Russell Cheyne / Reuters

Vote yes for a global Scotland

Why Scotland’s independence movement charts ground beyond nationalism

September 17, 2014 6:00AM ET

For all the hours of broadcast coverage and acres of newspaper print devoted to the Scottish independence referendum, you’d think that the yes voters were nationalistically motivated nostalgists, not a diverse group of forward-thinking individuals keeping pace with global trends in immigration, demographics and economics. You’d think that Scotland was pining for the days when the world used a different kind of atlas and that a yes vote would make independence not just a mistake but an anachronism.

Yet it’s this kind of thinking that is anachronistic. If the Scottish referendum has achieved anything, it is to demonstrate that none of us can rely anymore on musty navigational charts handed down to us by the Establishment. We must all engage in some alternative political cartography of our own.

Uncharted territory

The referendum is taking Europe into new and uncharted political territory. In an era of supposed political apathy in Western democracies, 97 percent of the eligible population — about 14 percent of whom are not Scottish citizens — has registered to cast a ballot on Thursday.

And yet most journalists and commentators analyzing the campaign sketch out the contours of rival political parties and big-beast personalities, following grid lines laid down by international financial markets and relying on a legend drawn up in Westminster. Plotting the referendum and its possible outcomes using these maps makes the prospect of a tight finish look bizarre: Britain’s banks, business leaders and political party bigwigs have all labeled a yes vote madness. What reason could there be for Scotland to risk economic Armageddon by breaking up the most successful political union the planet has ever seen?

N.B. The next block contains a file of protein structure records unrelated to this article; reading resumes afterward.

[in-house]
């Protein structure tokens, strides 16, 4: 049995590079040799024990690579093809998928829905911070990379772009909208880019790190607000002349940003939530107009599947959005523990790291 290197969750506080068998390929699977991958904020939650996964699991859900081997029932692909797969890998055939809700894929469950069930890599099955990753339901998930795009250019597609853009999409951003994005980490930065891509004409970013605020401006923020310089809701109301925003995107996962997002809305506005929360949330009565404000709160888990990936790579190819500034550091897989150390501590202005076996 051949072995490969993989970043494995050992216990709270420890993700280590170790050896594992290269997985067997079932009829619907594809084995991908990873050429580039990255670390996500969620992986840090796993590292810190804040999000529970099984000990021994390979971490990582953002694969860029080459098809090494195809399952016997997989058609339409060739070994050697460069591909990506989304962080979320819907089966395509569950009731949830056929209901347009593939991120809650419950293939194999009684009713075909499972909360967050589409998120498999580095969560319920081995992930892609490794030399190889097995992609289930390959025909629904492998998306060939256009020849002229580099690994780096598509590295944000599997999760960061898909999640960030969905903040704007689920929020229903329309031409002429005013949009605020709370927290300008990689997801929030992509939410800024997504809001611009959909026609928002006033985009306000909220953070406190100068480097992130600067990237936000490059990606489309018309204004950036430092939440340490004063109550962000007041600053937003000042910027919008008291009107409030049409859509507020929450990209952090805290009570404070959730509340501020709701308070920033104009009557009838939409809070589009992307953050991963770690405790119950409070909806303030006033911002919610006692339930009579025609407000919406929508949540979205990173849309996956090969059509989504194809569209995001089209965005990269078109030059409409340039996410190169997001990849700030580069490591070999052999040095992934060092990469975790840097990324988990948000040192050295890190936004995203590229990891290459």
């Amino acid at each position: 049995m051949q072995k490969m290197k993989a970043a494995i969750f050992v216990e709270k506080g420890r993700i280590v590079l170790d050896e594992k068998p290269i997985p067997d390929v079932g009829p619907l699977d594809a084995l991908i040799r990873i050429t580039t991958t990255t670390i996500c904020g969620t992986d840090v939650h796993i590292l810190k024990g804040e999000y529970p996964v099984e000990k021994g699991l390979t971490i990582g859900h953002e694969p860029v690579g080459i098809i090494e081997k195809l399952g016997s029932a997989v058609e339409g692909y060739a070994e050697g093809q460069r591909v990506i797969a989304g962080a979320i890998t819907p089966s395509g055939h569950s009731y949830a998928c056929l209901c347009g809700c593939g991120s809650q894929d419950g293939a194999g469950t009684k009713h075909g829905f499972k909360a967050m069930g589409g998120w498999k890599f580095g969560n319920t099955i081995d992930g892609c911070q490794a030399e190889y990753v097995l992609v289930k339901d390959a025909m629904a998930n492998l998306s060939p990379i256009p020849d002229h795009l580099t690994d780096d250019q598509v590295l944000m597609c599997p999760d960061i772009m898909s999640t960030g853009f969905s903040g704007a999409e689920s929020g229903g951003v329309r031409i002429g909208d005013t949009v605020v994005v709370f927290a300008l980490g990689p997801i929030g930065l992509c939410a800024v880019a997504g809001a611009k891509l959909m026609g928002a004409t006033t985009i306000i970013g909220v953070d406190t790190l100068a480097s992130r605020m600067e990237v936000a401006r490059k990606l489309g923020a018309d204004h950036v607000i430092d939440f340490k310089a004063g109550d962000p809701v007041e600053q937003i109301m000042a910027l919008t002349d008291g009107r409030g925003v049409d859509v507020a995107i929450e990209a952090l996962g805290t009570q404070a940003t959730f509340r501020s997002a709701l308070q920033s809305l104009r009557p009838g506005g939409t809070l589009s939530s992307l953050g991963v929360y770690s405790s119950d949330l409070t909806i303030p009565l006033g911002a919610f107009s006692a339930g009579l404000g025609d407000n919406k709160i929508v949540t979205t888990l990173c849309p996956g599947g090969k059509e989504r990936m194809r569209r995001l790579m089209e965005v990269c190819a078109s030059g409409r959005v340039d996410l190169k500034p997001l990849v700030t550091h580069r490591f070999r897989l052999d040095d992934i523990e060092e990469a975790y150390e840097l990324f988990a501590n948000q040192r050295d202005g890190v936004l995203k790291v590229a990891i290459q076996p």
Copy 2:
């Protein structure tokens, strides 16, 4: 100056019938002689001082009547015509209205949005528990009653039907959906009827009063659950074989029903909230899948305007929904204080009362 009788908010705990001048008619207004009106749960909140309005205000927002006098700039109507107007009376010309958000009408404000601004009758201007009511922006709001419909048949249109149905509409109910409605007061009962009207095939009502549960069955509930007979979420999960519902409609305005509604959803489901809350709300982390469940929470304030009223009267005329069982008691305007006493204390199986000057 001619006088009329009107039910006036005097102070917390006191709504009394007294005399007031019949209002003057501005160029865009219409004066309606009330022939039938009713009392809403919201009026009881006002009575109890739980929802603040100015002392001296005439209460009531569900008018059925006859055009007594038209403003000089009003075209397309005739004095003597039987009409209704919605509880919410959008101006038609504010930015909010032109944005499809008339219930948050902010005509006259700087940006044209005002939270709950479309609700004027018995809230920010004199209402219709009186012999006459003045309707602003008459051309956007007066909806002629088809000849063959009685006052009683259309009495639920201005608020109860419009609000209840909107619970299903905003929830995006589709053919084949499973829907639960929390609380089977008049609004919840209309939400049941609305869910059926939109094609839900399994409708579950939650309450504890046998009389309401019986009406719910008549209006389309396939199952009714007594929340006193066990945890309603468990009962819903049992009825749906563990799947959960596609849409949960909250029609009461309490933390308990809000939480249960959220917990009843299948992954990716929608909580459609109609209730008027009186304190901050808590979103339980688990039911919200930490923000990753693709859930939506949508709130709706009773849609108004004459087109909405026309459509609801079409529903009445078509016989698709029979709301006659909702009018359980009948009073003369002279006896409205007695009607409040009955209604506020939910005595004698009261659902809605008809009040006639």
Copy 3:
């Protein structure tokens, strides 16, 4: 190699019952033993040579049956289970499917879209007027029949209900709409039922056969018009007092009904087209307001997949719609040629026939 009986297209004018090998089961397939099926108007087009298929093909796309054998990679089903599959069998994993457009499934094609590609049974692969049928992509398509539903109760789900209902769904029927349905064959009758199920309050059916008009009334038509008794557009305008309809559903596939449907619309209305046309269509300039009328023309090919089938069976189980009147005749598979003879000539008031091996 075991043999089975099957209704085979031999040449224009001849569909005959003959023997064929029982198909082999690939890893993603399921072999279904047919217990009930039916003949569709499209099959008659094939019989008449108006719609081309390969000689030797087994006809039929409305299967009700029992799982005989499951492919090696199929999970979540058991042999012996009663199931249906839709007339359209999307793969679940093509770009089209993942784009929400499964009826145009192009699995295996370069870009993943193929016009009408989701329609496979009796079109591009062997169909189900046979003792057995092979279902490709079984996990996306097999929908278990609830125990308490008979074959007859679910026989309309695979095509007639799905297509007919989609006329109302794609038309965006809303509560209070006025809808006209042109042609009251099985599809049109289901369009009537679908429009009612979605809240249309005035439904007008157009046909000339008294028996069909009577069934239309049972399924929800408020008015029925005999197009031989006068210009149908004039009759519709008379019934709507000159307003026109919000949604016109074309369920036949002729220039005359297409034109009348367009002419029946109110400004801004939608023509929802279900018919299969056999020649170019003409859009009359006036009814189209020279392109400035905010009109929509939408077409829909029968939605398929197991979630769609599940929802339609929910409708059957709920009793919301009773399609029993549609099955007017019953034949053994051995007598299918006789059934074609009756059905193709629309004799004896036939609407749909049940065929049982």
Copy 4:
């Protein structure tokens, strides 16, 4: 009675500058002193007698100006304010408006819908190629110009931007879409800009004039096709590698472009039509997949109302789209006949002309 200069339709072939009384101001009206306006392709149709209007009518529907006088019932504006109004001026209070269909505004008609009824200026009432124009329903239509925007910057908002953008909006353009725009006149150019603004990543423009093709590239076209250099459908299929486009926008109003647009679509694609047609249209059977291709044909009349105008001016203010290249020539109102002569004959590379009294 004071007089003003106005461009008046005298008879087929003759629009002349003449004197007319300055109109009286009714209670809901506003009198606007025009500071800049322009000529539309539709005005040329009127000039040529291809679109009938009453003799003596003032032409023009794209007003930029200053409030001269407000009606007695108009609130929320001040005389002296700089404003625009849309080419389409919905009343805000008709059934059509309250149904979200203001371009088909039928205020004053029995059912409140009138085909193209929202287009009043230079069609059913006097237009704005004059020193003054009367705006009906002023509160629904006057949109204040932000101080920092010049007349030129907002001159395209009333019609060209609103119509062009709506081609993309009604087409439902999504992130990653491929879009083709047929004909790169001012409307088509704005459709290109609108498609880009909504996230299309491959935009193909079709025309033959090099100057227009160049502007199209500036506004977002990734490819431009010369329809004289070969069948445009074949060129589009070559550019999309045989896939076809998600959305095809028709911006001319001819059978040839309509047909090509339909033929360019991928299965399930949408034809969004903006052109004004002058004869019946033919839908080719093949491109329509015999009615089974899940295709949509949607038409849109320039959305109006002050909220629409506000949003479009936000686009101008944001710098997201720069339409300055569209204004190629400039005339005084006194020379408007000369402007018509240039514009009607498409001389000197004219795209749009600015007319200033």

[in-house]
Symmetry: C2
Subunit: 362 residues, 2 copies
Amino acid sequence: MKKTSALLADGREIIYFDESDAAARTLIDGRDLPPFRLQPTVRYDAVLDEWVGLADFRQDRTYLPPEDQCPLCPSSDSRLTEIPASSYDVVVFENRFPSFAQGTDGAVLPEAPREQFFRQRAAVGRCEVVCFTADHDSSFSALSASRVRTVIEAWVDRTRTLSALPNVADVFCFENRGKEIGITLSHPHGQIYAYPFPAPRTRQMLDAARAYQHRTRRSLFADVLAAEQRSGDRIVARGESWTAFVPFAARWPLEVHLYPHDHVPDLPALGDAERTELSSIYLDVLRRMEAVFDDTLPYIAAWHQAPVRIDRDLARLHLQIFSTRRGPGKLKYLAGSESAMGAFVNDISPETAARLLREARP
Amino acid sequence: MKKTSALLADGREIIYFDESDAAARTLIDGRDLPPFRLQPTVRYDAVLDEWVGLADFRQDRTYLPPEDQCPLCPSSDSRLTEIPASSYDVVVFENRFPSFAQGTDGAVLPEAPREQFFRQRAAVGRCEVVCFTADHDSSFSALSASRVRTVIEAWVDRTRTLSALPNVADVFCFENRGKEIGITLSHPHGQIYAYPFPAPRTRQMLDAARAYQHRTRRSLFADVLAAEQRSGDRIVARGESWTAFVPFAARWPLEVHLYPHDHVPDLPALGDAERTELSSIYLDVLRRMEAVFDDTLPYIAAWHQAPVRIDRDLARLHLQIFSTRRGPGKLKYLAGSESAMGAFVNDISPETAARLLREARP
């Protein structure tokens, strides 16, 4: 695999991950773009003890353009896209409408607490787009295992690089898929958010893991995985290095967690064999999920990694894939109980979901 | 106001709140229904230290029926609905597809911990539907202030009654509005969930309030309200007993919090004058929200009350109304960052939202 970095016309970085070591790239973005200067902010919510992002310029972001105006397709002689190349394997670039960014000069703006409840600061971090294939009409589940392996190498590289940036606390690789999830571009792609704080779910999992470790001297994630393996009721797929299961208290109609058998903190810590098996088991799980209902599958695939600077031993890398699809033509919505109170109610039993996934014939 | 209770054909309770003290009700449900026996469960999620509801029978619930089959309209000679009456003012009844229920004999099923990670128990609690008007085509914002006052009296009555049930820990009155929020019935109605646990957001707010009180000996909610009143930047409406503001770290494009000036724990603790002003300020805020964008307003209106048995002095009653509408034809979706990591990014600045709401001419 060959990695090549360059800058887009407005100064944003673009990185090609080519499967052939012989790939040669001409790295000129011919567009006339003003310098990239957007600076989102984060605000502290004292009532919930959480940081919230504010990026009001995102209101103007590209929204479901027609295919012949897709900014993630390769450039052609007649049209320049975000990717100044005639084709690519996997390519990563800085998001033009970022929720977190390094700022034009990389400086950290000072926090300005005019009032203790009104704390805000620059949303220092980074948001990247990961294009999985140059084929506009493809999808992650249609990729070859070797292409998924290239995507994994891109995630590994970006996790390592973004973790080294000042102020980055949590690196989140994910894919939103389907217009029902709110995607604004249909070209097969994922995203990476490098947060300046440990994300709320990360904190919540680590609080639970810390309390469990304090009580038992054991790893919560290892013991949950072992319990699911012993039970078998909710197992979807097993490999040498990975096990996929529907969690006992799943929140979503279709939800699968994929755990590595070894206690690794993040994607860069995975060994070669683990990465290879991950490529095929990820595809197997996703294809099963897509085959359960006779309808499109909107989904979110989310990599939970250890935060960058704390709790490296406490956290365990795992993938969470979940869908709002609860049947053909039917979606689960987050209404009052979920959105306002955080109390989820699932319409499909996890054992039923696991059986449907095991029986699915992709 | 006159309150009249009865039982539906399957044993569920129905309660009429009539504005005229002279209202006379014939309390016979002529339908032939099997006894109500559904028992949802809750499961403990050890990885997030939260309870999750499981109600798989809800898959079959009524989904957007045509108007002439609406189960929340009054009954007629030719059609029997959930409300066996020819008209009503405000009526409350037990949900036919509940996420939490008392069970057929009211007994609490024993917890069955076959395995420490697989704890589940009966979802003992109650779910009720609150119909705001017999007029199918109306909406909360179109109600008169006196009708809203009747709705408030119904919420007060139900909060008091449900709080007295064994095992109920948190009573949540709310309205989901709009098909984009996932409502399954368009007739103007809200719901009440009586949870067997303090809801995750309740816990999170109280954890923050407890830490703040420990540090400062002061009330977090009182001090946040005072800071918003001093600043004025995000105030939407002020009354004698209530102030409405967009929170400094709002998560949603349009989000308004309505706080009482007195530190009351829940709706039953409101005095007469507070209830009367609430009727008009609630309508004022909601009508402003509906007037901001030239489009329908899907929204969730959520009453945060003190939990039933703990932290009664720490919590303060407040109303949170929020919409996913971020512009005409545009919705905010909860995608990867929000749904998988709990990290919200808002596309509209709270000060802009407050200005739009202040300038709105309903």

Restricted to covering safe and familiar land, these maps can point only toward a regressive tartan populism that deploys the rhetoric of division rather than cooperation and seeks to throw up yet more borders in a century when national problems and solutions increasingly seem to transcend them.

But to understand the pro-independence movement, we need to think beyond these borders.

People say this is all about tartan nationalism because they want to avoid the real issue.

Jonathon Shafi

co-founder, Radical Independence Campaign

A good place to start is at Oran Mor last Friday evening, a 19th century parish church in Glasgow’s West End now converted into a beautiful mural-laden auditorium. Below blue LEDs and painted neon rainbows, speechmakers and singers queued up to take to the stage and call emphatically for a yes vote. One was from the Greek anti-austerity coalition Syriza. “I feel at home tonight!” she shouted, grinning into the microphone, prompting wild cheers from the crowd. Another was Palestinian, and after he spoke, chants of “Free, free Palestine” echoed long around the nave. “This is a true, radical and in many ways revolutionary movement for people’s change, and the British establishment just don’t get it,” concluded one speaker. “Forget nationalism. I’m an internationalist, standing not just with the people of Manchester and Liverpool, but of Karachi and New York as well.”

Anyone trying to get by with the old maps would have struggled to make sense of all this. In the passionate pro-independence audience, there were few Scottish Nationalist Party members or Alex Salmond supporters to be found. Niall Ferguson, the Glasgow-born pro-union conservative historian, has declared himself “rather baffled” by the late surge in yes support; given his belief that pro-independence sentiment is being driven by some sort of anti-cosmopolitanism in Scotland and how blatantly that contrasts with the messages emanating from places like Oran Mor, you can understand why.